1. Staking his claim: The loss of Calvin Dawson will sting, but Louisiana-Monroe's offense is in good hands with quarterback Kinsmon Lancaster. Entering his final season as the starter, Lancaster capped a strong spring by rallying his team in the spring game. He tossed two touchdown passes, including the game-winner with 25 seconds left. "I don't know if I've ever been around a guy who's any better at that than Kinsmon Lancaster," coach Charlie Weatherbie told The News Star.
2. Price is right: Wide receiver Jonathan Price impressed the coaches this spring after moving over from cornerback. The redshirt freshman, who played both cornerback and wideout in high school, had four receptions for 31 yards in the spring game. He adds depth to a receiving corps that returns Darrell McNeal and Zeek Zacharie.
3. Backing it up: A broken leg injury cut short what has been an outstaying spring for Robert Williams, who is expected to provide some protection for Frank Goodin at running back. The Warhawks needed a backup running back to emerge as Goodin moves into the starting role vacated by Dawson, the school's career rushing leader. Coaches originally slotted Williams at wide receiver but moved him back to running back this spring. Weatherbie is hopeful Williams will be recovered by training camp.
Fall questions1. Shuffling the deck: The Warhawks lost several coaches during the offseason, including co-offensive coordinator Nate Kaczor. Adjusting to the new faces will be critical in training camp, as Louisiana-Monroe tries to build off last year's 6-6 record in Lancaster's final season as the starter. With 15 starters back, the Warhawks face increased pressure to challenge Florida Atlantic for the league title.
2. Heir apparent: There's no quarterback debate this season, but it's important for sophomore Trey Revell to affirm himself as both Lancaster's successor and his insurance policy. Revell threw three touchdowns and an interception in place of Lancaster against North Texas last season but has been inconsistent in limited work. ULM's incoming recruiting class includes two quarterbacks who are expected to compete with Revell. "You've got to step up," Revell told The News Star. "Kin's going to be leaving next year, so there's going to be an open spot. It's open competition. It's open season."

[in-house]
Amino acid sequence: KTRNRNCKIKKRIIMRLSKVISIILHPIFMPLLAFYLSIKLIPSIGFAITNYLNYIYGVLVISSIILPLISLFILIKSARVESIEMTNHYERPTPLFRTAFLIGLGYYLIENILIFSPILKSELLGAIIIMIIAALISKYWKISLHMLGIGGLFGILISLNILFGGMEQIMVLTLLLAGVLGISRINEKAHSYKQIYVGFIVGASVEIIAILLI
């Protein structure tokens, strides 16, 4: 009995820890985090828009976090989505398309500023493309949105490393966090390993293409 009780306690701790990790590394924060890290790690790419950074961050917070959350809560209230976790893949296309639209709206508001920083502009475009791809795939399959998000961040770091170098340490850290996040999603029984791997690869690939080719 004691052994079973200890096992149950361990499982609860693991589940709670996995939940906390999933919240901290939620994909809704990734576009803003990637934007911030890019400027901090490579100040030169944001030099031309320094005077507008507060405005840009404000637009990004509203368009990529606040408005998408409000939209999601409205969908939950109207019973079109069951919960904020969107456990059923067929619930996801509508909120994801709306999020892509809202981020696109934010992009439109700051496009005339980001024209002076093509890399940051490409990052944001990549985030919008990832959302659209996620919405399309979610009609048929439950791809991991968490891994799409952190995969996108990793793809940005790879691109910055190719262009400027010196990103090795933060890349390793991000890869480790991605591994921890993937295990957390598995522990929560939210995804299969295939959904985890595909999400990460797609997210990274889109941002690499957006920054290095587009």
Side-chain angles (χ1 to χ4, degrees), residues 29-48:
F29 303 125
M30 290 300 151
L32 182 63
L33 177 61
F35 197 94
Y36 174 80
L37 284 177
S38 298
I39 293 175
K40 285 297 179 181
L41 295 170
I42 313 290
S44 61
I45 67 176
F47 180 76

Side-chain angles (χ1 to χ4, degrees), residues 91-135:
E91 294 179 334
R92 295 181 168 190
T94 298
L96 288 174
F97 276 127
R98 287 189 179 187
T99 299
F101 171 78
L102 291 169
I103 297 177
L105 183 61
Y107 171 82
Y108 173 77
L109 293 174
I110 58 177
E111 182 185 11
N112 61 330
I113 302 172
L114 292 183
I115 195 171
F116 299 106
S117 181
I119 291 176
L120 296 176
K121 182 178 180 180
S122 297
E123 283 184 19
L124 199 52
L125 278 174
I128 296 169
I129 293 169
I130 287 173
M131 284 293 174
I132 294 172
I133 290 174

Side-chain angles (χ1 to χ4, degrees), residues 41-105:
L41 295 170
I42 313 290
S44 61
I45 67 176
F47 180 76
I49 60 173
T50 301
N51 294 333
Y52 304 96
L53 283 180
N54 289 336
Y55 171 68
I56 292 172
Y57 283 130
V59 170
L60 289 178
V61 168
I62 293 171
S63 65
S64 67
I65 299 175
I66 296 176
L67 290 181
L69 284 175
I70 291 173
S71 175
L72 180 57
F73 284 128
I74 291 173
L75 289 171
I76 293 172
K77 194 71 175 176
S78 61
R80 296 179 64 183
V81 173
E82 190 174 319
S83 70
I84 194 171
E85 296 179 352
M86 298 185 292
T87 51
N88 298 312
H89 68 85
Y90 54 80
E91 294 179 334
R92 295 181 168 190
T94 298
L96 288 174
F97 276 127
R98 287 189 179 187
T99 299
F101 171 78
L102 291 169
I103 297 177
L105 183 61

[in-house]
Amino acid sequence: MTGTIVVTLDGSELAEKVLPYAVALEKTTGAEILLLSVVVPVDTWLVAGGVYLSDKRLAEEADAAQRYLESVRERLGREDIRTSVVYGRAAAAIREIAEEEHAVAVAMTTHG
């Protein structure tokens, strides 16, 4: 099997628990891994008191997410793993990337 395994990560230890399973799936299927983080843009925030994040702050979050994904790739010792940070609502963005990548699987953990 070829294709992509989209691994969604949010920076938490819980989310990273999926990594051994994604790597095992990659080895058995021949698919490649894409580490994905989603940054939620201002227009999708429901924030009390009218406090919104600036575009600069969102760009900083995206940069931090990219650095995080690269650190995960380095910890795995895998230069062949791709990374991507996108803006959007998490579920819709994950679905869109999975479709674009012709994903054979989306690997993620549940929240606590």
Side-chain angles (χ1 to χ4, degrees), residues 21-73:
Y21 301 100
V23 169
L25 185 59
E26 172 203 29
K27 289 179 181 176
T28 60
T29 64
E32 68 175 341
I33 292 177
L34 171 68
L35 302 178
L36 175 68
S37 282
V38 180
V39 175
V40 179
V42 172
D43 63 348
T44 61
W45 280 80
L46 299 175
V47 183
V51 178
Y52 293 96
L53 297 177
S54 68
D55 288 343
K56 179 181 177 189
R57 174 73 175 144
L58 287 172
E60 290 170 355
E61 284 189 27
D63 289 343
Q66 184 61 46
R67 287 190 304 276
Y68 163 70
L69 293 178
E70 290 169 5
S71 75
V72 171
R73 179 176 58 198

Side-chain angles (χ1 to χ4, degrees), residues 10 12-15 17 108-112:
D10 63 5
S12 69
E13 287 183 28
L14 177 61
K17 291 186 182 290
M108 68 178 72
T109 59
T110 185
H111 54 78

3. Front and center: The Warhawks have a tough task replacing center Adam Hill, a four-year starter. They hope junior-college transfer Keating Helms can fill the void, but Helms began spring practice on crutches because of a foot injury. Helms will compete with junior Brett Thompson for the starting job this summer.
|Middle Tennessee Blue Raiders|
1. End game: Pass-rushing became a premium for the Blue Raiders this spring after they lost standout defensive ends Erik Walden and Tavares Jones, who rank first and third on the school's career sacks list. They found some help this spring in Jamari Lattimore, a junior college transfer who can play linebacker or defensive end. The coaches would like Lattimore to add to his 6-3, 225-pound frame so he could be a better fit at defensive end.
2. Tightening up: Middle Tennessee suffered personnel losses at both wide receiver and tight end, but finding replacements at the latter looks promising. Alvin Ingle caught 26 passes last year playing behind Clinton Corder and Stephen Chicola. He's joined by freshman Byron McLeod and converted quarterback Gene Delle Donne. "They're going to be more involved in the passing game because of our lack of receivers," coach Rick Stockstill told The Daily News Journal of Murfreesboro, Tenn. "Right now, [our tight ends] are better in the passing game than the running game."
3. Receiver roulette: Wide receiver remains a concern after Middle Tennessee lost five of its top eight receivers from last season, but several players stepped up this spring. The most notable was Patrick Honeycutt, who had 11 receptions for 118 yards and two touchdowns in the spring game, earning the award for most improved wide receiver. Redshirt freshman Caleb Dugger added a 34-yard touchdown reception for the White team. "We needed somebody to step up and be a leader with Taron [Henry] and Jonathan Grigsby leaving," Stockstill said.
Fall questions1. Decision time: The spring didn't create much separation between quarterbacks Joe Craddock and Dwight Dasher, who split snaps last season. Dasher, as his surname suggests, is the better runner of the two, whereas Craddock brings more experience and a strong passing repertoire. One of them needs to distinguish himself before the season kicks off so the offense has a clear-cut leader. "Combined, they have every skill set that you would want to have in a quarterback," offensive coordinator G.A. Mangus told The Daily News Journal. "We would like somebody to step to the forefront."
2. Tackle tandem: Middle Tennessee must fortify the edges of its offensive line after losing left tackle Franklin Dunbar to the NFL draft and right tackle Mark Fisher to a season-ending shoulder injury. Guard Jamal Lewis also is out with a season-ending injury, meaning the Blue Raiders must replace their three best linemen. Mark Thompson seems to be a lock at one tackle spot, but there will be plenty of competition this summer.
3. Receiving orders: Stockstill was looking for help at wide receiver long after national signing day. The Blue Raiders brought in Eldred King, a junior college transfer, and want to add another wideout with one of their three remaining scholarships. Middle Tennessee loses leading receiver Henry (31 receptions, 427 yards) and returns just three of its top eight pass-catchers from last fall.